The work of this group may be a drop in the ocean, but it’s a practical beginning, begun 9 months ago, and Insha’Allah will inspire others to join and keep going for a long time to come. The idea took seed in a masjid gathering when a sister from Atlanta (from the Custodians of Faith) narrated how she runs a group there who do this Sunday after Sunday to feed the homeless on a much larger scale. As a staff member of CAIR Pittsburgh chapter, I was eager to know more, and the idea seemed very practical and not an impossible task to do this in Pittsburgh.
Thus, off we set out the next day, exploring the sites where the homeless took shelter in Pittsburgh downtown. Thus in the Oct of 2011, the project took shape, (as a Custodians of Faith and CAIR Pittsburgh initiative) when a group of us visited the homeless with food packets for the first time. Since then brothers and sisters from all the masajids in town joined the group, Alhamdulillah, and we haven’t looked back. Sisters offered to prepare the food packets, while many young brothers and sisters accompany the group helping carry the load, or talking to the homeless, or simply being there as support. We strive to do it week after week, relentlessly. It opened our eyes, to the reality around us. Most of us live in a world complaining about things we do not have. One visit to the homeless site would put things in perspective, and help us put the needs of others first. Much needs to be done for the homeless, but on a personal level we have made a beginning, and we intend to keep this project going.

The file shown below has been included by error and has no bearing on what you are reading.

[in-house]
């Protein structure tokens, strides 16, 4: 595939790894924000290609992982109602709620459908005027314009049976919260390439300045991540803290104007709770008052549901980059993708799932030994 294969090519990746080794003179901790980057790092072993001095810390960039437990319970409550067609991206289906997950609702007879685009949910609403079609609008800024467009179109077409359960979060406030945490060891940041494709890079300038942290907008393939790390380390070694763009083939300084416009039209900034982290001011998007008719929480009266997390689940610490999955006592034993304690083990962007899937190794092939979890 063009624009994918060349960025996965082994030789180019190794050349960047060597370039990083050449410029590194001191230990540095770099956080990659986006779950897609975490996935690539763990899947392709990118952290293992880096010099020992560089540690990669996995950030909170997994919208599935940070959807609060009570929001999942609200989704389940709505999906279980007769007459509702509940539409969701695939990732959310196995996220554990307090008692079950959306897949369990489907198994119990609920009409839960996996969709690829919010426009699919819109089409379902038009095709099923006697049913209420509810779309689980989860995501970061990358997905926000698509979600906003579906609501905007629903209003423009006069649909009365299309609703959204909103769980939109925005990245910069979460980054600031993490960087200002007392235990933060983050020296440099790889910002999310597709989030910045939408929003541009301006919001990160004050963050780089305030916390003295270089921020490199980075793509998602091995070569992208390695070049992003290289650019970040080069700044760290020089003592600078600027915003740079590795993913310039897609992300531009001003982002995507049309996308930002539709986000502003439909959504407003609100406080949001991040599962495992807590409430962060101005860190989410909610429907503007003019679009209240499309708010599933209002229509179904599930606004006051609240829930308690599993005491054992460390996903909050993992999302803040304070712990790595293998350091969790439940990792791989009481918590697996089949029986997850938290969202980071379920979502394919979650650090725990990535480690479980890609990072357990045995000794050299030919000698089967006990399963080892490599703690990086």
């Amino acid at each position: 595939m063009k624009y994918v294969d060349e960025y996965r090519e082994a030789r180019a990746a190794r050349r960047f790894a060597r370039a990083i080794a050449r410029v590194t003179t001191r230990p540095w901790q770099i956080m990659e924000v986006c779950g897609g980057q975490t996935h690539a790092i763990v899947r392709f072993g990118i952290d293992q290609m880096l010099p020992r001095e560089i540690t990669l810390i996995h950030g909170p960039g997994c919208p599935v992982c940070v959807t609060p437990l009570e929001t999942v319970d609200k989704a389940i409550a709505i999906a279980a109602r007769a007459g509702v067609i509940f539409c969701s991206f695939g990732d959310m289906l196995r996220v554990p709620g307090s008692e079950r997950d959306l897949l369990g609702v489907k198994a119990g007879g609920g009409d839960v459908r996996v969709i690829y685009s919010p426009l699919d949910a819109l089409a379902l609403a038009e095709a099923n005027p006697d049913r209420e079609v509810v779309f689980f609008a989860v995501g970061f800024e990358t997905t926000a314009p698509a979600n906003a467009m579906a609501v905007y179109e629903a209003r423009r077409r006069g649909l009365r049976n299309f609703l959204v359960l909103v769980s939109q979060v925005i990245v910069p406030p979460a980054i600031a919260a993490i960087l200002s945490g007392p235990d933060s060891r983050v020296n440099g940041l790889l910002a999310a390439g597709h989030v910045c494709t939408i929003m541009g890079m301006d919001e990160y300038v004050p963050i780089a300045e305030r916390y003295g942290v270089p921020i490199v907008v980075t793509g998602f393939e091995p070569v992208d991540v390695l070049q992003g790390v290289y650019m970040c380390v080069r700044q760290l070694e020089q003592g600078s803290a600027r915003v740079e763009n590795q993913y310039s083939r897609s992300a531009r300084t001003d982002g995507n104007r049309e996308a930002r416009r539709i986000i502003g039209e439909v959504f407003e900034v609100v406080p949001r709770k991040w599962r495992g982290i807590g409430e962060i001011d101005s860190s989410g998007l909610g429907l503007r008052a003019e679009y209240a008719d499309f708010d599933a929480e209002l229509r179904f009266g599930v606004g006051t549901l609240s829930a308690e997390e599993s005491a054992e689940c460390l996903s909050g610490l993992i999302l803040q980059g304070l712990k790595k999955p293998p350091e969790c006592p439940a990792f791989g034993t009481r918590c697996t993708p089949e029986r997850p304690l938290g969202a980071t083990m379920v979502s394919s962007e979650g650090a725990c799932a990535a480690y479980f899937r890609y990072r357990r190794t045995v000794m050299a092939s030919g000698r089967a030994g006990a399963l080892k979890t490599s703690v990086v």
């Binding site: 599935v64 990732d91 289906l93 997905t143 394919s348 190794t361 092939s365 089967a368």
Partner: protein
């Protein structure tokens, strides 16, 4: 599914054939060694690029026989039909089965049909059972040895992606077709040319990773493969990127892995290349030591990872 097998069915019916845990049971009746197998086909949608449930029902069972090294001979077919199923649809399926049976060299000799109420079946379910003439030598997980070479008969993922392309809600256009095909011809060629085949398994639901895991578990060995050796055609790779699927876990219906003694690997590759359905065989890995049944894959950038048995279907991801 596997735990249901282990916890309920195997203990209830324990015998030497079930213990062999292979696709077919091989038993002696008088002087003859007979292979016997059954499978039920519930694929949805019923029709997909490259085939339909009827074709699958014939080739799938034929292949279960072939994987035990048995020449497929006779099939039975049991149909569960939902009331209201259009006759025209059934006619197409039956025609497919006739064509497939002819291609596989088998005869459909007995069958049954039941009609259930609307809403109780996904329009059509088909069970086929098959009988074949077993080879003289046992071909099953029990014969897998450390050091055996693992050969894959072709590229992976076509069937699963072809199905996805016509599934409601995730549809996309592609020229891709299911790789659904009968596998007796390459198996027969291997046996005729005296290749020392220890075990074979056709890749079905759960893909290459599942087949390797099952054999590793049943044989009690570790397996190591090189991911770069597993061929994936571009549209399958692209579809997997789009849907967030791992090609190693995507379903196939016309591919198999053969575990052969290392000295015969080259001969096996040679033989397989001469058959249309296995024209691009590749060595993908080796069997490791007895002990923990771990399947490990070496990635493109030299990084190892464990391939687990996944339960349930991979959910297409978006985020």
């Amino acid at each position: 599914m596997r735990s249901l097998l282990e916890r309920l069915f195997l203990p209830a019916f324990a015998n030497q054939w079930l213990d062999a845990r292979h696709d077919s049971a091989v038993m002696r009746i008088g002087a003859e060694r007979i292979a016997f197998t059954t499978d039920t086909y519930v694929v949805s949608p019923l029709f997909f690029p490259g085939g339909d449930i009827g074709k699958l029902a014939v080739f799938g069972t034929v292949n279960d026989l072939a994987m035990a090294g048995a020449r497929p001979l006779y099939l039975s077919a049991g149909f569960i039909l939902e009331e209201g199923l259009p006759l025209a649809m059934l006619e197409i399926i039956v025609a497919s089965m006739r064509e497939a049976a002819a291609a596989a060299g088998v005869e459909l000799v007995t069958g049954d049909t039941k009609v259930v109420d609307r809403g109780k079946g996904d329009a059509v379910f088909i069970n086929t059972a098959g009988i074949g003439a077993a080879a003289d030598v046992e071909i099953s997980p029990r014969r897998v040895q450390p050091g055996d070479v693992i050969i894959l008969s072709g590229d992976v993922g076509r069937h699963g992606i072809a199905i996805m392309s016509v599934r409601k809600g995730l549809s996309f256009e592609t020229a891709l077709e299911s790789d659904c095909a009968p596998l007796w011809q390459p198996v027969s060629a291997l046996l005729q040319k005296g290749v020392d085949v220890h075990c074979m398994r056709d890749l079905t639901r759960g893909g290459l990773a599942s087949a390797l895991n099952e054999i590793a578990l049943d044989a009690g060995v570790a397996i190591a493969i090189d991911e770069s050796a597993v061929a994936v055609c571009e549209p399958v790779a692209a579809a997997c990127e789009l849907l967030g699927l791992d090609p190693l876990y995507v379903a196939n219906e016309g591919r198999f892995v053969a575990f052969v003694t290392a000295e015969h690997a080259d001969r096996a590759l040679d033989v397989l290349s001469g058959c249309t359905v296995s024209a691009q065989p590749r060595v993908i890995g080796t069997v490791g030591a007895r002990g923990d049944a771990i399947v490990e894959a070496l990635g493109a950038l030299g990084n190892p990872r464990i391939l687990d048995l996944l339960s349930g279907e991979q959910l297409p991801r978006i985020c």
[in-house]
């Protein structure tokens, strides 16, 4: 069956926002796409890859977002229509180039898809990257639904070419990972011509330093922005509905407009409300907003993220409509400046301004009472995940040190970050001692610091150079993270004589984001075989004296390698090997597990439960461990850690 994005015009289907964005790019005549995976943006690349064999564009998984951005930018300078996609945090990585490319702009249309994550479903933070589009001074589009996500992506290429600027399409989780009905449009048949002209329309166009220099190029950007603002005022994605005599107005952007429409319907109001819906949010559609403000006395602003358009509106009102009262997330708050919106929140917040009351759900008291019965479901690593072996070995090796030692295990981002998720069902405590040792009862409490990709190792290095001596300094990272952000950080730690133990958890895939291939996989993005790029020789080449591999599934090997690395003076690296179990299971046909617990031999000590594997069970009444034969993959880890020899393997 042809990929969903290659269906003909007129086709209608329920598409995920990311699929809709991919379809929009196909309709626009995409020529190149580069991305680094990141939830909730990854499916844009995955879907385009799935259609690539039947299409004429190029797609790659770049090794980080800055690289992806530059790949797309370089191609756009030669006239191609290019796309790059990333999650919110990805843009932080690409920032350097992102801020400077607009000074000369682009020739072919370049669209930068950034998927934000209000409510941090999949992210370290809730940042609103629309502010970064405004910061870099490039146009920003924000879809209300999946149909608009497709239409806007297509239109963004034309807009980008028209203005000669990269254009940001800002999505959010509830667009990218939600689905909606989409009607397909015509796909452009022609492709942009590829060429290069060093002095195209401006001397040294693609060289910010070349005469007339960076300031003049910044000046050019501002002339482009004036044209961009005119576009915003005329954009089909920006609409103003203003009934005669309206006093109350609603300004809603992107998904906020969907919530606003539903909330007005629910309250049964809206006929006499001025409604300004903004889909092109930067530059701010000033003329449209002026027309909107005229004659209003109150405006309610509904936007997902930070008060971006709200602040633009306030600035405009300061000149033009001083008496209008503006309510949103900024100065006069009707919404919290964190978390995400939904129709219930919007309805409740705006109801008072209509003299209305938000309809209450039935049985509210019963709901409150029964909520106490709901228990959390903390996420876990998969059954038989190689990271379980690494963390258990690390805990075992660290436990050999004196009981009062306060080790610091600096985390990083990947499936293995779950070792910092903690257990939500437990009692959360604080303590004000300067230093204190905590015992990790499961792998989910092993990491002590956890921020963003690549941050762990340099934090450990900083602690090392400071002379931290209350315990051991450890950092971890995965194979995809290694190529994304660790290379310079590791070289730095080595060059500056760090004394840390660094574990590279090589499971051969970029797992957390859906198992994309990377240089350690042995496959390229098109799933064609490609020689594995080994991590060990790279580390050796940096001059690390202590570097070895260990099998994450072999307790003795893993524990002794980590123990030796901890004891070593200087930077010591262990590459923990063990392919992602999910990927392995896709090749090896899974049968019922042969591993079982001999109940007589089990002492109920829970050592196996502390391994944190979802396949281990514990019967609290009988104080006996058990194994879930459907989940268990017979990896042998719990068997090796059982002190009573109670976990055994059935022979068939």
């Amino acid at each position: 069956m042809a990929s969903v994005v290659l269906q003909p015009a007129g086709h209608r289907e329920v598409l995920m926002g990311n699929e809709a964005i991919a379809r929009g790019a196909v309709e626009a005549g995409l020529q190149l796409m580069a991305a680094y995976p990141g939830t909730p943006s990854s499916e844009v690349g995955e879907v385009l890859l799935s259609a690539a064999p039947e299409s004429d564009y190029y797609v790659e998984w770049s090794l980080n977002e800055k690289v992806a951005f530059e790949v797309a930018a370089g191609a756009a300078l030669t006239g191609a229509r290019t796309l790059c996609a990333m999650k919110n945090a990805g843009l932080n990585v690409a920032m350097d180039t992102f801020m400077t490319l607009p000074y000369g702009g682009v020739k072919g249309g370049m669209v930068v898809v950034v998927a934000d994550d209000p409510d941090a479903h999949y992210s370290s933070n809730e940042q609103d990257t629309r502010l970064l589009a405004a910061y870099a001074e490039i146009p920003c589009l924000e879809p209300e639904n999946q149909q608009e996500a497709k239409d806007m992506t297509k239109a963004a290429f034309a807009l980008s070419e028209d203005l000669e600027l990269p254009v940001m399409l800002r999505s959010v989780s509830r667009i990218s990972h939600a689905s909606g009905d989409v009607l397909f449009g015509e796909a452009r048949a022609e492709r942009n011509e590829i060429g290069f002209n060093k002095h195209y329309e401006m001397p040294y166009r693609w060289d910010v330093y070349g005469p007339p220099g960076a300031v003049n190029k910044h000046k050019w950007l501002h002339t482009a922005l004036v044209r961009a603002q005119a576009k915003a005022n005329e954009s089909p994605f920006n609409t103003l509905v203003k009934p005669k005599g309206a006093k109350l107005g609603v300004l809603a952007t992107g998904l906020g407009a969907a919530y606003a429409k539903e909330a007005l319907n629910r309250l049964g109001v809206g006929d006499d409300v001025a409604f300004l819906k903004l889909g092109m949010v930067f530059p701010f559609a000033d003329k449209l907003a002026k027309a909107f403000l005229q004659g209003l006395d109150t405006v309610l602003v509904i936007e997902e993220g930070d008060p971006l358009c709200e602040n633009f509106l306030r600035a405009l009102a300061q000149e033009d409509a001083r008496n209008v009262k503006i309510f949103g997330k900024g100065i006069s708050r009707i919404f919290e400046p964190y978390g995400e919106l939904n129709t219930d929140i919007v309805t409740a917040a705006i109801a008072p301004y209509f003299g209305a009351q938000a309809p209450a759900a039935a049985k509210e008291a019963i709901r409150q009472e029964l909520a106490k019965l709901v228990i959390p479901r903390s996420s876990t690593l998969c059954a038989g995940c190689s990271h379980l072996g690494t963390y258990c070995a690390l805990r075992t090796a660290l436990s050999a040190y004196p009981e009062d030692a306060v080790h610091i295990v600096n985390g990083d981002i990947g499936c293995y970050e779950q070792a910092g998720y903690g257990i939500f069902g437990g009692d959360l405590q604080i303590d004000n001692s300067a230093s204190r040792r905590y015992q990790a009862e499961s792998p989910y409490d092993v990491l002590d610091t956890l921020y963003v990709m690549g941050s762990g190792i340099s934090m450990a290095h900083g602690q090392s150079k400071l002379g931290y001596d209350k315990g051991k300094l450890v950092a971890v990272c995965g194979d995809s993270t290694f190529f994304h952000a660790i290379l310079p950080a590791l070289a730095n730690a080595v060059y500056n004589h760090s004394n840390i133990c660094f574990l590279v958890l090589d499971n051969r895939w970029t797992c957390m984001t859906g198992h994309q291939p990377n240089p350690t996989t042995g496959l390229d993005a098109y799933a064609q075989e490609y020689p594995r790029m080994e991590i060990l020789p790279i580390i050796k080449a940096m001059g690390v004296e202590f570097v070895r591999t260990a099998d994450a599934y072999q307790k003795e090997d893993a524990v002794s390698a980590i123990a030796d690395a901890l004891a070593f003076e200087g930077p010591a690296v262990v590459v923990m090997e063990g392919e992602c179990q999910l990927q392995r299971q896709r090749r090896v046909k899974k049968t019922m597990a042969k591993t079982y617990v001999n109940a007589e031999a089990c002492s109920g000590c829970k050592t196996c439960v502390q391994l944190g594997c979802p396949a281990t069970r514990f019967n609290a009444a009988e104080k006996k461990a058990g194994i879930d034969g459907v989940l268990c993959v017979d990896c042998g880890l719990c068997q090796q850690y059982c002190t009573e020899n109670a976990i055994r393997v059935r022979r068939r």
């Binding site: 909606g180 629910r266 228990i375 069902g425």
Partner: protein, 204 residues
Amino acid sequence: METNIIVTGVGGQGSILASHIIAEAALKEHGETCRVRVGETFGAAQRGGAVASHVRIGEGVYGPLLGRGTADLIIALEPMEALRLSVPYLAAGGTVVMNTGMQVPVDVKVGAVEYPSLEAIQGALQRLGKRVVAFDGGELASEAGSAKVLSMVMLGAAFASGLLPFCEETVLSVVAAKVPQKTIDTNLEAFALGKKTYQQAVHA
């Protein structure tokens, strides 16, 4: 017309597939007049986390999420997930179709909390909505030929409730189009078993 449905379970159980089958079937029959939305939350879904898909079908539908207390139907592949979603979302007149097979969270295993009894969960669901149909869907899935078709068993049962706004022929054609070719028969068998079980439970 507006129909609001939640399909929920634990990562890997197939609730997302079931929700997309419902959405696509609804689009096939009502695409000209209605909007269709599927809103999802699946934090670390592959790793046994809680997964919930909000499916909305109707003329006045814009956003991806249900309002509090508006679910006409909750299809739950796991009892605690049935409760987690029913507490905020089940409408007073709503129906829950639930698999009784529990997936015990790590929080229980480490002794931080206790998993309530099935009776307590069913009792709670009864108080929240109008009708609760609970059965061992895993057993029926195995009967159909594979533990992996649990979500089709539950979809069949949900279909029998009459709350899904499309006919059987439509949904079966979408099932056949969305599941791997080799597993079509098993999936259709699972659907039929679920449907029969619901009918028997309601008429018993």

The purpose behind this work is not to convert them to Islam, but to help Allah’s creations, even if it be in the form of one sandwich to one hungry person in the entire week. . Being American Muslim is not just about planting the American flag on our front door, but it’s about being in solidarity with the rest of the humanity around us. We live here, therefore it is our duty to integrate with our own surrounding first, and be in the present. Calling ourselves American Muslims would become meaningful only when we Muslims are seen doing ordinary things that most Americans do for the larger humanity around us, in our daily lives.
With so much stereotyping of Muslims going on around in the U.S., most Muslims here cry hoarse explaining about themselves. We write letters to the editor, we publish books debunking the Islamophobes and their ideas, we present to the public the findings of research, and we do interfaith meets, in the hope that the stereotyping will stop.
But Muslims, stop, stop for a moment. To be an American Muslim in true spirit, we have to prove with actions, not just mere words. Apart from serving the greater humanity, when Muslims in hijab are out on the street on a Sunday morning, seen talking to the homeless and enquiring about their needs, it is bound to change the negative stereotyping of Muslims some day. Insha Allah.
To quote a hadith:
The Prophet Muhammad (pbuh) said: “God will question a person on the day of resurrection, “Didn’t you know that a servant of Mine asked you for food but you did not feed him, and were you not aware that if you had fed him you would have found him by My side?”
Serving humanity is serving God.